Image: The entrance to Oak Hill Memorial Park on Curtner Avenue in San Jose.
Jack Graham was a popular columnist with the San Jose Mercury Herald at the time of his death in 1934. His column filled readers in on the details of local baseball games played, as well as keeping them apprised of upcoming games. This was in an era when baseball was in its heyday. Graham was so highly regarded, that following his death, players wore black armbands and flags at games were flown at half-mast. He even had a new baseball stadium renamed in his honor the year following his death. After the stadium was destroyed by fire some ten years later, a new street on the old stadium site was named after him (Graham Avenue). Jack Graham was posthumously referred to as The Father of Sandlot Baseball of Santa Clara Valley.
I first learned about Jack Graham fifteen years ago. At that time, I went out to Oak Hill Memorial Park to see if I could locate his gravestone. I knew he was a Mason, so I looked through the Masonic section, but didn’t have any luck.
A couple of years ago, two members of the Santa Clara County Historical and Genealogical Society (SCCHGS) visited the California Room. Nancy Sutton and Janene Crawford had dropped by to do some research, and we got onto the topic of locating gravestones. Nancy and Janene offered to assist in tracking down Graham’s gravestone. Searching microfilm stored at the Santa Clara City Library, they found the mapped location (row/space) for Jack Graham, and then headed out to Oak Hill cemetery. They weren’t able to find the grave, but felt that it must be a flat marker that had become overgrown by grass.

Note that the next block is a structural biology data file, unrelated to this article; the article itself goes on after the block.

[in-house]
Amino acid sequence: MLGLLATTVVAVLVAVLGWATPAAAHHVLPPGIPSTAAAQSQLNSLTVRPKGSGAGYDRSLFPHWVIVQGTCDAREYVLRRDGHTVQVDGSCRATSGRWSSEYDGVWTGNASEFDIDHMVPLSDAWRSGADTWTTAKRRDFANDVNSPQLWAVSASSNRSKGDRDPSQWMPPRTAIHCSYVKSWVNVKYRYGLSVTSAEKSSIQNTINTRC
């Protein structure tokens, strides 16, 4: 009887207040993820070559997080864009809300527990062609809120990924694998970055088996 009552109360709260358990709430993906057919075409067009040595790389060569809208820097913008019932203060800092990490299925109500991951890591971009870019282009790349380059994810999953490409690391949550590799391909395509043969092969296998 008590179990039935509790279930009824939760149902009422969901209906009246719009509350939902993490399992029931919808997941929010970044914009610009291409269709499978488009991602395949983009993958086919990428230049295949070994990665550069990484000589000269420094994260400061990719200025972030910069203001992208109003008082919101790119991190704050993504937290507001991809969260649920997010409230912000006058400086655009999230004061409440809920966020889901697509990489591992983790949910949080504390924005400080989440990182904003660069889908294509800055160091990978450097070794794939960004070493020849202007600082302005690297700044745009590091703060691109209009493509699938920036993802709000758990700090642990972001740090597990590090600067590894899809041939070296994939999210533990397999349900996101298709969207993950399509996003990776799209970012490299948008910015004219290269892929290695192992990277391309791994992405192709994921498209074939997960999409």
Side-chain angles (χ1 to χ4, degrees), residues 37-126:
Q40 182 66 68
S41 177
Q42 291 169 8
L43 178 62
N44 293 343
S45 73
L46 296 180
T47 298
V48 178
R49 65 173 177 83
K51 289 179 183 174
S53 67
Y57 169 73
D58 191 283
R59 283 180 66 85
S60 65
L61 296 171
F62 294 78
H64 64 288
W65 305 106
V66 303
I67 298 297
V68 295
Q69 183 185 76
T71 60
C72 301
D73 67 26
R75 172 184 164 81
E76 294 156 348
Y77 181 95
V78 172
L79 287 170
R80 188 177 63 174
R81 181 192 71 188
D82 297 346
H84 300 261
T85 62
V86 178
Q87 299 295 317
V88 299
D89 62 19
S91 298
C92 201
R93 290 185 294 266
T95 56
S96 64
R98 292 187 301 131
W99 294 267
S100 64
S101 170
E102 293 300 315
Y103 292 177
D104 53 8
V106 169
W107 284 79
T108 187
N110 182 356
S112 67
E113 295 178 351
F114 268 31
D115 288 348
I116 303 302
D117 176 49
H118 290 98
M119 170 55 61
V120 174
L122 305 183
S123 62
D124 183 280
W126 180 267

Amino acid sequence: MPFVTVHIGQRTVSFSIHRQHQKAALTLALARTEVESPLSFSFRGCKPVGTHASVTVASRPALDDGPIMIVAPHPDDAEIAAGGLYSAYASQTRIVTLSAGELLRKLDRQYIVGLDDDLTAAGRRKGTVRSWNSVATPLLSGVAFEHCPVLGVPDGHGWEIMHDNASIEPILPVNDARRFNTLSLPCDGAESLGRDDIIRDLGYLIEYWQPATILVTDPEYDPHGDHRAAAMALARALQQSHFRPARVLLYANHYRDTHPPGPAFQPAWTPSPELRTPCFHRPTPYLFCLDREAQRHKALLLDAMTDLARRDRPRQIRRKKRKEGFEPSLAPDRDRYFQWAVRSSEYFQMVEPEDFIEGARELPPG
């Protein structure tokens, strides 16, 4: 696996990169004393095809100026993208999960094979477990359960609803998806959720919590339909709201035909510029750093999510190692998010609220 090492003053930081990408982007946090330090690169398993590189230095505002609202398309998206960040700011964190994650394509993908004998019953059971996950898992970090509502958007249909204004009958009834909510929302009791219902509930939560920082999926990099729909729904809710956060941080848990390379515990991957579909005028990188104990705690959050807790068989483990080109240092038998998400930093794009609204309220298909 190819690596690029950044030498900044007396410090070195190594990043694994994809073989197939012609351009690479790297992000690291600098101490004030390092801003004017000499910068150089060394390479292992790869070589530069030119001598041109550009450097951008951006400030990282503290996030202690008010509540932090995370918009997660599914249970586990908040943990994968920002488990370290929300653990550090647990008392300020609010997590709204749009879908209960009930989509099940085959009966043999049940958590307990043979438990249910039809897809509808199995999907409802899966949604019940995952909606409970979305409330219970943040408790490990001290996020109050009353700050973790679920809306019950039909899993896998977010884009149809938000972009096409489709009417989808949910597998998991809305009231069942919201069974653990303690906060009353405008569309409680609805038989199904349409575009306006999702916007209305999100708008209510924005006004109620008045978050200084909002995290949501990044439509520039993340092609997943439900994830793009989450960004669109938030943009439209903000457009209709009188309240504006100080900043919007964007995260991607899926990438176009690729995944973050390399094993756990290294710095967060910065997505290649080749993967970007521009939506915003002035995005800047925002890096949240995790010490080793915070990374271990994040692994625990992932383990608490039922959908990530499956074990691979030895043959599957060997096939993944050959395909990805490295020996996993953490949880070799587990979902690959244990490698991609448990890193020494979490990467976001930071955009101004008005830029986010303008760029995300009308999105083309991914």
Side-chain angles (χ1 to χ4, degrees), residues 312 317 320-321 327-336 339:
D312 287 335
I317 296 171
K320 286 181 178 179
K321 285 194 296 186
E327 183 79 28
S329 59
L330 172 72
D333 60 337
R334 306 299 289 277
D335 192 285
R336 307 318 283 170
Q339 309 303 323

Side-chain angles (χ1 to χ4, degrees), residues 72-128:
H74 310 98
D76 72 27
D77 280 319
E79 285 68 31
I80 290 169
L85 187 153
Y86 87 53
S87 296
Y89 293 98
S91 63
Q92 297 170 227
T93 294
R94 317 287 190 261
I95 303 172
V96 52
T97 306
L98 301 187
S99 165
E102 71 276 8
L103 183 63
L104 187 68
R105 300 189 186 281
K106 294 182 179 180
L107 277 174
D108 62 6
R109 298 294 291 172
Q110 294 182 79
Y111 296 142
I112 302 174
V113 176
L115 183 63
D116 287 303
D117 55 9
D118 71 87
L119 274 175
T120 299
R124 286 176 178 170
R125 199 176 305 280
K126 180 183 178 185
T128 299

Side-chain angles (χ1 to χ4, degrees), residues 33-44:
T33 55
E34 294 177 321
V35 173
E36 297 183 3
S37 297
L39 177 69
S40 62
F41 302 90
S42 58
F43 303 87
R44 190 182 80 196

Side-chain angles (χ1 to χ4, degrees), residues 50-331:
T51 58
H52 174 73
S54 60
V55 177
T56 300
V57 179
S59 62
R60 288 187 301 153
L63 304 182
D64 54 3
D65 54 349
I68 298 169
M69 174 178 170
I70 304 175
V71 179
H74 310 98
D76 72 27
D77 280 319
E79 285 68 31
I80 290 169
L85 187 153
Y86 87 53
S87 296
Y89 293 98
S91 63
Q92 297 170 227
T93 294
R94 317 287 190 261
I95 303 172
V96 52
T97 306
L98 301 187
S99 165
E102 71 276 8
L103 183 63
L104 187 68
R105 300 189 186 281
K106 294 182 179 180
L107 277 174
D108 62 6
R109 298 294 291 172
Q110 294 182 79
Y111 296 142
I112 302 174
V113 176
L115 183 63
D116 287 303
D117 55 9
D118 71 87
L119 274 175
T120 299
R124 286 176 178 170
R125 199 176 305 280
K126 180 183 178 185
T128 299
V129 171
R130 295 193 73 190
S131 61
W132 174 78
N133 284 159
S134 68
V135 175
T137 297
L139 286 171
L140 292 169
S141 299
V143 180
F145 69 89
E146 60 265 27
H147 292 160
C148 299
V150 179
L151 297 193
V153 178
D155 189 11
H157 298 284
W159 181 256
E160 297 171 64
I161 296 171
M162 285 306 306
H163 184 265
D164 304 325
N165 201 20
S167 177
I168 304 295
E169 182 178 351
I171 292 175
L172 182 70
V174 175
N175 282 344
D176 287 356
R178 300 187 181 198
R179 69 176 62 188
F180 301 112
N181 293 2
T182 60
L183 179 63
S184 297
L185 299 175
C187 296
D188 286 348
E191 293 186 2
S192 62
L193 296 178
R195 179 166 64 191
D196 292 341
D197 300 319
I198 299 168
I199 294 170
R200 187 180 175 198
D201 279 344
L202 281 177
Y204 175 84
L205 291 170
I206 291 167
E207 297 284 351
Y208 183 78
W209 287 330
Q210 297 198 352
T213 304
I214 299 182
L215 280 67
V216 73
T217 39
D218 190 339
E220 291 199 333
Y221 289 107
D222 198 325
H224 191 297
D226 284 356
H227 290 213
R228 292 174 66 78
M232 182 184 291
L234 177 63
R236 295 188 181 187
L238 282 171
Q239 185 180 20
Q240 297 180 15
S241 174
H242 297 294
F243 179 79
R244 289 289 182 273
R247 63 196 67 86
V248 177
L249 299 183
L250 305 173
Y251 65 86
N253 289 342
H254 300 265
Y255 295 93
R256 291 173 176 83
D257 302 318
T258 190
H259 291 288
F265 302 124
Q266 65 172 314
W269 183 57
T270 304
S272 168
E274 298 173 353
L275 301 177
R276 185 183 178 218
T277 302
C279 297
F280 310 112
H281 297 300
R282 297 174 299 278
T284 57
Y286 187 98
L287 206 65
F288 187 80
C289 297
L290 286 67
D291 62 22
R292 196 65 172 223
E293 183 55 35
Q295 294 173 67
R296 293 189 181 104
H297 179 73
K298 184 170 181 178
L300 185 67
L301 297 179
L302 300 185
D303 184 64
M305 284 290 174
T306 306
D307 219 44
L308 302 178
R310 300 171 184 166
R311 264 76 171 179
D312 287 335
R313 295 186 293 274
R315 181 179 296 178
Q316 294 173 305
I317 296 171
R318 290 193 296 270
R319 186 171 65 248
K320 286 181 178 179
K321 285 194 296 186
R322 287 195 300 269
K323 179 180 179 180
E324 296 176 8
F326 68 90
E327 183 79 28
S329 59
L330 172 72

Image: In time, flat grave markers can sink and/or become overgrown by grass.
Nancy and Janene then passed the site location on to me, with their belief that the marker was probably overgrown. Armed with a weeding tool, I found the approximate location and began poking into the ground in grassy areas between exposed grave markers. One by one, I began locating and exposing flat stones, tearing thick sod away from them as I did. After seventeen markers, I finally found what I was looking for. Sunken and completely overgrown, I unveiled a flat marker reading: JOHN M. GRAHAM 1872 – 1934.
Image: Finally locating Jack Graham's marker under a thick layer of sod.
The following week I went back to the grave site. Prying the marker back up to the surface, I poured fill dirt underneath it to keep it in place. I then pulled away the surrounding turf and gave the marker a good cleaning with water and a nylon brush. I also discovered a buried location marker and restored it to the surface as well. I left pleased that I could make some small contribution to keeping our memory of this man and his contributions alive.
Image: Jack Graham's marker restored.